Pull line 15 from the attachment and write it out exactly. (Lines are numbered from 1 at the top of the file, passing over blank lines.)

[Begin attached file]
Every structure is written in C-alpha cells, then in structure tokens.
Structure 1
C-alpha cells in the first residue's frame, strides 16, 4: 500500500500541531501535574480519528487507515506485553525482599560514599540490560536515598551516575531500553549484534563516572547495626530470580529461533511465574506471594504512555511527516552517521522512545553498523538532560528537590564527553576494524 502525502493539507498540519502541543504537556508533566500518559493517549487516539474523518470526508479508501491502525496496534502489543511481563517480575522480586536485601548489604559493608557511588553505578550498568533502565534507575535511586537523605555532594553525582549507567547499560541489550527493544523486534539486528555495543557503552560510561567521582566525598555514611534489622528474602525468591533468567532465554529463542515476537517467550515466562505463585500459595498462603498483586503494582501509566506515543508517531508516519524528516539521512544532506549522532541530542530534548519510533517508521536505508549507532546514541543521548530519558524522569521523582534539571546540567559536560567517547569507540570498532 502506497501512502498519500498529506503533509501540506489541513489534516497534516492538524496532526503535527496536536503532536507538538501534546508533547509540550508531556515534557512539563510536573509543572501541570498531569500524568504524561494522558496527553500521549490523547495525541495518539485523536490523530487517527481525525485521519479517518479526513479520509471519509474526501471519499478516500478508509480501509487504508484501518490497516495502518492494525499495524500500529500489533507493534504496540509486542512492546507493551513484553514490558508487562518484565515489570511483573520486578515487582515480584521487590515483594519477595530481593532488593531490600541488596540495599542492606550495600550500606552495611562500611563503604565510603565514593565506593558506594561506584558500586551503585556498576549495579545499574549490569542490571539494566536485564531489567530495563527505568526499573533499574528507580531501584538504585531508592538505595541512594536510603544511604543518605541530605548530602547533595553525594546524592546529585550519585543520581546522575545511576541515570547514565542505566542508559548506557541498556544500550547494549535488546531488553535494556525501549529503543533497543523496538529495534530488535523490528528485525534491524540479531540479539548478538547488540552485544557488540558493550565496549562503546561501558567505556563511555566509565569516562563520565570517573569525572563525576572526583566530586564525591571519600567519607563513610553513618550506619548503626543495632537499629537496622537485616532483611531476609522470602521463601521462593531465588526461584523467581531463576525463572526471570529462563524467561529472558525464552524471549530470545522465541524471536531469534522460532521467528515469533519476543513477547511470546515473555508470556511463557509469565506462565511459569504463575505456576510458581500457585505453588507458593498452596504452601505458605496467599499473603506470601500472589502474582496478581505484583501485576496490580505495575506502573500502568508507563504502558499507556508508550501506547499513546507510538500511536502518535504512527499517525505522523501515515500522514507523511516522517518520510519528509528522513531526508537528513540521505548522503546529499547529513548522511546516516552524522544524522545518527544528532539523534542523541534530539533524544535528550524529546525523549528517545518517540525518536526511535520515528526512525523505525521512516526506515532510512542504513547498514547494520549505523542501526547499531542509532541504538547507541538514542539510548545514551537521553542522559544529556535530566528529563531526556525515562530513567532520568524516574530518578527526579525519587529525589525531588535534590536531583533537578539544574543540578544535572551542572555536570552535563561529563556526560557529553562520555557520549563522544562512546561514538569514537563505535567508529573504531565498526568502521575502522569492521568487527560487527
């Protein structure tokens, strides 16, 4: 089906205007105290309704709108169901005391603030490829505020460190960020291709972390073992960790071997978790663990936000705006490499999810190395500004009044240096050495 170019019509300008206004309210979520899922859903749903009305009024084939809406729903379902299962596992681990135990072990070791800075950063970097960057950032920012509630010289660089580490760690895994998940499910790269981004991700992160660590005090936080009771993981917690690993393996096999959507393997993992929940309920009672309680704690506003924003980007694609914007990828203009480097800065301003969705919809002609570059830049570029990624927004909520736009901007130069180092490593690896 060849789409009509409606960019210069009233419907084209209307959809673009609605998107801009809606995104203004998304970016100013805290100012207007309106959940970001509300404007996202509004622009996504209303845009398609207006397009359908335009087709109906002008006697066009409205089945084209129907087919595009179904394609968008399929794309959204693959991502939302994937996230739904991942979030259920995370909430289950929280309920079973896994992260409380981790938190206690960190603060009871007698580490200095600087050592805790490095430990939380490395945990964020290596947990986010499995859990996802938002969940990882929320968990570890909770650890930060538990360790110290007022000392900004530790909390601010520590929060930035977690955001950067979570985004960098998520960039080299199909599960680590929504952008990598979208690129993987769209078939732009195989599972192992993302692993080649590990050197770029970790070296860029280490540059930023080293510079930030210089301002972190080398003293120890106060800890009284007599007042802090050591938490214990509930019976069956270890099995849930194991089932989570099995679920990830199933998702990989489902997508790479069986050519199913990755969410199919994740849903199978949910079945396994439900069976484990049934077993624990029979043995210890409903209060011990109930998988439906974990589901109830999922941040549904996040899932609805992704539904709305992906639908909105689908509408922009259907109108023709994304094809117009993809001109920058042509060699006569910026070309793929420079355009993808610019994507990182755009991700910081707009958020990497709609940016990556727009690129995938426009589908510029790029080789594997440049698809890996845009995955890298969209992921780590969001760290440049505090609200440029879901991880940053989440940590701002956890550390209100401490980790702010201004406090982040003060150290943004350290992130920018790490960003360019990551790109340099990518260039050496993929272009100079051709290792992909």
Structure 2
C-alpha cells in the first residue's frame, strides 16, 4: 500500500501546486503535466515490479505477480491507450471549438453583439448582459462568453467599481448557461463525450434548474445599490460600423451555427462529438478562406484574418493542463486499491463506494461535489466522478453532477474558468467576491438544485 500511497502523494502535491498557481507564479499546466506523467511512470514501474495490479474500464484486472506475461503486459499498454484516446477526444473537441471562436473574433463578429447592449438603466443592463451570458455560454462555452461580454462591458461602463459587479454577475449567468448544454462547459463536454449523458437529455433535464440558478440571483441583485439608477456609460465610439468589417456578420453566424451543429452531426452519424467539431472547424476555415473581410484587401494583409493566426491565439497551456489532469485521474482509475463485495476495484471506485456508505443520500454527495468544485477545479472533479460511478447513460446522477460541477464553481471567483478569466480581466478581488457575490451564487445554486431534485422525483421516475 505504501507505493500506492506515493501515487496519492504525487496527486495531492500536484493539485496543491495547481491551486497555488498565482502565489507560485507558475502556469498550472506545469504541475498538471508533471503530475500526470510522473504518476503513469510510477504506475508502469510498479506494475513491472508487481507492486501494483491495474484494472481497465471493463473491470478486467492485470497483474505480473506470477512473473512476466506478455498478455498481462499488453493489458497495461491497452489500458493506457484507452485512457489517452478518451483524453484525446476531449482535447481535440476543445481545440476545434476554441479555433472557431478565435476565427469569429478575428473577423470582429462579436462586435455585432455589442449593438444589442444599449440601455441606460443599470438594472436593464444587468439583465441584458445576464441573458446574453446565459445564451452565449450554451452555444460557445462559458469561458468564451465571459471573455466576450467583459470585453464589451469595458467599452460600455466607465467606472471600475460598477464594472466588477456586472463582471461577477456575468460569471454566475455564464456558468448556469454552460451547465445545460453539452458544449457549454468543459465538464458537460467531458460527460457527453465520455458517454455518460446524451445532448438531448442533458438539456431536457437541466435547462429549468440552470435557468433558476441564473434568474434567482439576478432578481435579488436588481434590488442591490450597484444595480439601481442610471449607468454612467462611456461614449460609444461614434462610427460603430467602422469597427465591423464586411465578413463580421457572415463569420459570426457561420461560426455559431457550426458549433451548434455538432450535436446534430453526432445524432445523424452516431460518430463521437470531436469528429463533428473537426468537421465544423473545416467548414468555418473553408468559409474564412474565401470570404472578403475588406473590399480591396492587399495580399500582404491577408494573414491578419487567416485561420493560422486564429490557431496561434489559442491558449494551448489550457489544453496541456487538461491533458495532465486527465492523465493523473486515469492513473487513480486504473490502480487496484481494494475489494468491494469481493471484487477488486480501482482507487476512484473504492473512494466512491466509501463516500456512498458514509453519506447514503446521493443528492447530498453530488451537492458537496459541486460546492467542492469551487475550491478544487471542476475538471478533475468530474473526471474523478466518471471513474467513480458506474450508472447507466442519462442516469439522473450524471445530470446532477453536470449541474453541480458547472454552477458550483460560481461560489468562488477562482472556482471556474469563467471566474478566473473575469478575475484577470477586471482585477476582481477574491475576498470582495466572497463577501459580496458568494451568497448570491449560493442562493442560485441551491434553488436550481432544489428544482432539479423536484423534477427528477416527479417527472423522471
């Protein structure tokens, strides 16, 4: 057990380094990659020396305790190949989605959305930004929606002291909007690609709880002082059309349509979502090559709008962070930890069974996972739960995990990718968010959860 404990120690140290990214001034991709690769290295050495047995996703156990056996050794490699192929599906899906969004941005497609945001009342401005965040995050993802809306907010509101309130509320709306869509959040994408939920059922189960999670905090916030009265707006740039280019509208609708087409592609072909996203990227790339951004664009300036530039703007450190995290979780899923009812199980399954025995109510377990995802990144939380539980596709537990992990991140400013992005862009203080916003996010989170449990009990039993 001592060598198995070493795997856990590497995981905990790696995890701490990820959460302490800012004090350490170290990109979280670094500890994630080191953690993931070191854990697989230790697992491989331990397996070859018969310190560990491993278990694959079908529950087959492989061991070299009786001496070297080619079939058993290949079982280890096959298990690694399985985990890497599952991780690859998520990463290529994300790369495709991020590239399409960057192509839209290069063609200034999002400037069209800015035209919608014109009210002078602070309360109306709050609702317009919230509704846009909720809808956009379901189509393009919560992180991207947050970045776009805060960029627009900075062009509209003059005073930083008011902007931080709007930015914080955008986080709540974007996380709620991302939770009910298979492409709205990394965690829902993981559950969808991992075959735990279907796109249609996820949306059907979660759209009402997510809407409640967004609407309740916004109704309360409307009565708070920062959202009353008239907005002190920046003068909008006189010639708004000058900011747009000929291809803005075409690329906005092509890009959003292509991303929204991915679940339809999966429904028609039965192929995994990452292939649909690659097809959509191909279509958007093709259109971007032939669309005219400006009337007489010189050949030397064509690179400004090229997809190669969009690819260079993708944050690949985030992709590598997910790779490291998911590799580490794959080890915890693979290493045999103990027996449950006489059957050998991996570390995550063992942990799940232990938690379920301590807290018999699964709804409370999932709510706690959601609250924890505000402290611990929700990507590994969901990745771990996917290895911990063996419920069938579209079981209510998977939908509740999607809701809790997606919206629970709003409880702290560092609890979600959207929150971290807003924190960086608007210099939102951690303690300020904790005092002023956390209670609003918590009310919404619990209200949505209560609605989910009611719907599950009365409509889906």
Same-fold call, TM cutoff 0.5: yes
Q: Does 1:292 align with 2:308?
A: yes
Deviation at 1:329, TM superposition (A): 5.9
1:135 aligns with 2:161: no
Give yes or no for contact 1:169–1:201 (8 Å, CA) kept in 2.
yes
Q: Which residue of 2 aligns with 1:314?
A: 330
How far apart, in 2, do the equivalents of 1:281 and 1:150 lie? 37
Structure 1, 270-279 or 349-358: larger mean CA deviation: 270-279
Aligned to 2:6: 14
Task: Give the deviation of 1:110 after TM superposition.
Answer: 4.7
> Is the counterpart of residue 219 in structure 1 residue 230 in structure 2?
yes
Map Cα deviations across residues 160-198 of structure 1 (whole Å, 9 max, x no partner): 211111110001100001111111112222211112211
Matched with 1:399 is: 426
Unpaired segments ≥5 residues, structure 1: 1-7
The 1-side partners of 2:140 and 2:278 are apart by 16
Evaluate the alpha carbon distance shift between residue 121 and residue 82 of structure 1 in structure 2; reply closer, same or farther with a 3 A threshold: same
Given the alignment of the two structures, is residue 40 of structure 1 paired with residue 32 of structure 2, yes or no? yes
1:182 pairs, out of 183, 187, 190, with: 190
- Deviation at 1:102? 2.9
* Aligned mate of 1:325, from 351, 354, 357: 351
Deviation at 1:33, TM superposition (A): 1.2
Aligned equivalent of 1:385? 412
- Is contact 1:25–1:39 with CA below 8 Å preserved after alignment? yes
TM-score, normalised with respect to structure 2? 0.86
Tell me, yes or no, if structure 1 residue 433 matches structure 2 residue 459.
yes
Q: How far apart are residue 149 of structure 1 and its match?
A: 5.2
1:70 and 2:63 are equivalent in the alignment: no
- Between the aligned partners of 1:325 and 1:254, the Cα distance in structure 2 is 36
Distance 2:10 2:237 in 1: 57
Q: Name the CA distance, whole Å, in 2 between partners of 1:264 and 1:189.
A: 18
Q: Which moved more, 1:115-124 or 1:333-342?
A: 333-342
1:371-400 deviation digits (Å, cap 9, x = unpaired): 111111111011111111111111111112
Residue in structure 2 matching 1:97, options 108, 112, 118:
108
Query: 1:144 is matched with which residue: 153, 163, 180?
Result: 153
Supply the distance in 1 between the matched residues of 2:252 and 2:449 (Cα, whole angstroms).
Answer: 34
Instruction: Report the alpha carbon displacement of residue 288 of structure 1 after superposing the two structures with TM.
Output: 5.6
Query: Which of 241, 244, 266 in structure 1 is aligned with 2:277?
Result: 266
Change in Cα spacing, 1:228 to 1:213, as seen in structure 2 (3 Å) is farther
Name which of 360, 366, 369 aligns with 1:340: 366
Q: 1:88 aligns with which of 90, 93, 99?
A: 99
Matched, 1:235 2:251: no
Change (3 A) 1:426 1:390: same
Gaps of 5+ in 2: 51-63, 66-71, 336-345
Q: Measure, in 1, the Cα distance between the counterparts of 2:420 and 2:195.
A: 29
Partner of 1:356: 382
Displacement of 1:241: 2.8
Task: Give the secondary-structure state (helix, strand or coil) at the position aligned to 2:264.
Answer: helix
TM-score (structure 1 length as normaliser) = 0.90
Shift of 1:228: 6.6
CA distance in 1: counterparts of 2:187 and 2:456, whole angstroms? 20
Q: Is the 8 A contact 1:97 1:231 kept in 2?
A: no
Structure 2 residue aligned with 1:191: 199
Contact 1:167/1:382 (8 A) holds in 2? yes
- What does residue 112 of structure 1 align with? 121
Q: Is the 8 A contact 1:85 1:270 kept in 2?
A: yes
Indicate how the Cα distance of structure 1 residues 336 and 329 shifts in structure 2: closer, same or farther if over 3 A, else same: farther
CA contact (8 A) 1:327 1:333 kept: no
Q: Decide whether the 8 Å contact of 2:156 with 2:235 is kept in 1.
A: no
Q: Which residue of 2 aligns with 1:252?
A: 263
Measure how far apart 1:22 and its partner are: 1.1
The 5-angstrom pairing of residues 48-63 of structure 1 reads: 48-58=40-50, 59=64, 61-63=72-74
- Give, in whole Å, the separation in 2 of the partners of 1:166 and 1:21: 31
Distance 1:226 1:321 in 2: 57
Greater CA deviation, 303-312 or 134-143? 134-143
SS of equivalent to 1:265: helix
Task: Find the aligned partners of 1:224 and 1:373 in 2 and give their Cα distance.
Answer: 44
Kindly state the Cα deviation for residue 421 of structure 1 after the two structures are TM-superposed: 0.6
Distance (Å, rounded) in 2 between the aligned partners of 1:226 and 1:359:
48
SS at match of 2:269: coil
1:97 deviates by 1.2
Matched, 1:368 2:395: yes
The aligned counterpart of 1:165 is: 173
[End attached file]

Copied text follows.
Q: Which residue of 2 aligns with 1:314?